Of course, nothing is official until Apple says so, but expect the media frenzy to begin next week!
Apple will begin production of the iPad 2 in late February and will officially launch the device in early April 2011, according to sources from Taiwan-based component makers quoted by DigiTimes. Foxconn, a factory complex in China responsible for building Apple products among other things, were told they will need to ship 400,000 to 600,000 units within the next 100 days. Apple had originally planned to start mass production in January, but due to delays caused by the device's firmware, the schedule was postponed.
The iPad 2 has been widely expected to come out in the first quarter of 2011 and feature a front-facing camera. Some analysts also expected Qualcomm will provide chips that allow the iPad to run on both CDMA and GSM networks, a so-called "world" iPad. The current 3G version is GSM only.
An April Launch could mean the newest iPad would be out prior to Google's upcoming personal computer, which is due for mid-2011, according to the plans Google outlined Tuesday.
Apple is currently dominating the tablet computer market. In the third quarter, the iPad accounted for 95.5 percent of the market with 4.19 million units sold. The remaining share was lead by Android with 2.3 percent, while Windows and other operating systems had even smaller slices. The company is expected to steadily lose share next year, but it's likely going to put up a fight with the iPad 2.
Verizon Wireless has made it official, they are going to begin selling the Apple iPad as of October 28th. Verizon just issued a
press release announcing the launch of the Apple iPad in over 2,000 Verizon Wireless stores. Could this mean the start of a new frontier in the Android vs. Apple war?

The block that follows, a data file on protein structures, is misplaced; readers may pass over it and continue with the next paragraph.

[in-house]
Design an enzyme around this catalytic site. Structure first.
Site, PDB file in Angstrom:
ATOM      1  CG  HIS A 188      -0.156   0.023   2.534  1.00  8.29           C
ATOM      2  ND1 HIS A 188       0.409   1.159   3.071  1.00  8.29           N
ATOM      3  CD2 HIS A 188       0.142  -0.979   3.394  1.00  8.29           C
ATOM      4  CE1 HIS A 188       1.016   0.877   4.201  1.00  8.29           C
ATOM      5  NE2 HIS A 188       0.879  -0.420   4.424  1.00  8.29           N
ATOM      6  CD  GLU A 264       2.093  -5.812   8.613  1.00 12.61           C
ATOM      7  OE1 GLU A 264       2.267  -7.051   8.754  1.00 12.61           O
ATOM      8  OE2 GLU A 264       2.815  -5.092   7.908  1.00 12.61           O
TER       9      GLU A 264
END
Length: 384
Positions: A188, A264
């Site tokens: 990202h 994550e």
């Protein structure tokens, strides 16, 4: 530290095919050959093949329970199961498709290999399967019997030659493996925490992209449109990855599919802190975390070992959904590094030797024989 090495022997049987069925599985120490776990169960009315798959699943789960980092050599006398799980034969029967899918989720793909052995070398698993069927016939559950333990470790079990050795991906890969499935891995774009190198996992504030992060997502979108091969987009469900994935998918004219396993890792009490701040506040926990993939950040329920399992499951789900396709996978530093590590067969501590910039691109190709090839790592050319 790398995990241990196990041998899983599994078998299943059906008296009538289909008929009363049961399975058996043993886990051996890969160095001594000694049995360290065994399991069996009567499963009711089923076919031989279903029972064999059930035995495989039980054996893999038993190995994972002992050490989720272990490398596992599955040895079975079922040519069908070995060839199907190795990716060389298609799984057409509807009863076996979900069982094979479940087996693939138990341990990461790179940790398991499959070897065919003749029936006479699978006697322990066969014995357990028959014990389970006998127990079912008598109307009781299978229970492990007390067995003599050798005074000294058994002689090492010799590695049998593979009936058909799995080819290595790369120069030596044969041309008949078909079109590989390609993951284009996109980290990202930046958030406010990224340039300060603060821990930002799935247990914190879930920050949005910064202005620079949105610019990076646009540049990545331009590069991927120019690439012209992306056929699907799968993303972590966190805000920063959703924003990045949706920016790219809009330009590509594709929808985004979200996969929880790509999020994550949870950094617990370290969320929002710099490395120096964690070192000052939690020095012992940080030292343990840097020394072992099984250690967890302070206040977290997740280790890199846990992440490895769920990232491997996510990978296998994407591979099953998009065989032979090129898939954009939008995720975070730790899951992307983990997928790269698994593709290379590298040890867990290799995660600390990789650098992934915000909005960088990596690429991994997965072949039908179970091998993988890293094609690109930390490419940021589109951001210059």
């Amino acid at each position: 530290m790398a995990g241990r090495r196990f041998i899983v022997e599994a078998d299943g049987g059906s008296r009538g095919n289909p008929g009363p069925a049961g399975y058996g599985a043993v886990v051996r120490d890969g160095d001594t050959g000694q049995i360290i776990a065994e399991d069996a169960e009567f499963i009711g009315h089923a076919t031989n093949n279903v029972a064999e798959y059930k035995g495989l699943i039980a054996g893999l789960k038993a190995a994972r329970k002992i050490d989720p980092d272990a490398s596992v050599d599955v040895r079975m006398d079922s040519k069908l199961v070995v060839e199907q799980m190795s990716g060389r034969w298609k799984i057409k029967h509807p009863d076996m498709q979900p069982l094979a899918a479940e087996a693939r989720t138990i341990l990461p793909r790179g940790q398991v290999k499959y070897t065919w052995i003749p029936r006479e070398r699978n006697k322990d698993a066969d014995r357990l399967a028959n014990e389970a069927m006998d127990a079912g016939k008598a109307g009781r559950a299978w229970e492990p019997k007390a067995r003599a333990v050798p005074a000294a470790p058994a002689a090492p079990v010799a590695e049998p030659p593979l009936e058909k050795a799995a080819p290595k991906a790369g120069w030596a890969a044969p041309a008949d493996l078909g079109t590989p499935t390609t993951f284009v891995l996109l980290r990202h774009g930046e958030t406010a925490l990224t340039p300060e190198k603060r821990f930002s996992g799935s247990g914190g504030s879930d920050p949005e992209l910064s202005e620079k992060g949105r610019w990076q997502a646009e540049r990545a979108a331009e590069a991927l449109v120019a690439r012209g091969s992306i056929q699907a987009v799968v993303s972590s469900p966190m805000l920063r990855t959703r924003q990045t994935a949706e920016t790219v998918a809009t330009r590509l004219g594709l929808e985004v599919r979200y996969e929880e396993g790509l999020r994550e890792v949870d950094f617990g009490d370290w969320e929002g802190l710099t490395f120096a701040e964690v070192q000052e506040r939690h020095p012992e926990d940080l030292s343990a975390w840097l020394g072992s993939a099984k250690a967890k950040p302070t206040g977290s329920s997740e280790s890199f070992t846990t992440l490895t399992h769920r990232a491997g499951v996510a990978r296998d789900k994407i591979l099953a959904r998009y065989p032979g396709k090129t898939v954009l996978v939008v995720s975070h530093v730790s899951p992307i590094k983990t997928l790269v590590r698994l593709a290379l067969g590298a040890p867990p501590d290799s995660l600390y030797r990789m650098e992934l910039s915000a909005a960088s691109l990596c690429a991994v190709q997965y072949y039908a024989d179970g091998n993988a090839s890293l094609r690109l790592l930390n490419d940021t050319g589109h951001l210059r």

This is indeed a bit of good news
, but it comes with some potentially bad points. The Verizon iPad will NOT be sold as a CDMA device – rather it will be a Wi-Fi only iPad that is bundled with the company’s MiFi service allowing a mobile modem of sorts. Whereas the AT&T iPad can simply roam around and get service via AT&T’s 3G signal.
Here’s the deal, Verizon will be bundling the iPad
with a MiFi Mobile Hotspot modem. Not entirely a bad idea, though this does mean an extra device to keep charged while on the go. That aside, this comes with some good and some bad points. First the good, the data plan will be contract free and only set you back $20 per month. The bad, you will only be given 1GB of data per month. Let’s just say that you are not going to be streaming Netflix with only 1GB. Another downside is the steep sticker price. Verizon will be offering the 16GB, 32GB and 64GB iPad with Wi-Fi for $629.99, $729.99 and $829.99 respectively.
Either way you look at it, this is a huge symbolic shift in the way mobile politics are being played and it definitely foreshadows changes to come. Android and Apple have been very secluded in their own little carrier worlds. AT&T has had the exclusive contract on the iPhone for quite some time. Since the launch of the Motorola Droid, Verizon and the “Droid” campaign have been the dominating Android influence. The Verizon vs. AT&T war has run parallel to the Android vs. Apple war, accentuated by AT&T being the last carrier to get an Android device.
The implications are obvious, the fact is that Verizon and Apple are now officially working together definitely opens the door for the Verizon iPhone 4G early next year. There is a clear partnership and the remaining hurdle is stuffing CDMA specs inside Apple devices. This is something that hasn’t been done yet, but something that will surely come soon. And of course with Verizon getting the iPhone, and other carriers possibly getting the iPhone as well, it makes Android’s competitive landscape in the United States much different.
The Apple & Android showdown has been pretty fun for everyone involved. Not to mention, it’s been great for consumers who are seeing manufacturers and carriers push devices, capabilities, and prices to the limits. With an Apple product being sold within the House That Droid Built, let the games begin!
Remember the thundering applause and all the excitement that accompanied the debut of Apple's iPhone 4? Then came the discovery of the design flaw involving the smartphone's antenna. There now seems to be quite literally a new chink in the iPhone armor, it has been dubbed "glassgate” and the tech world is buzzing about it.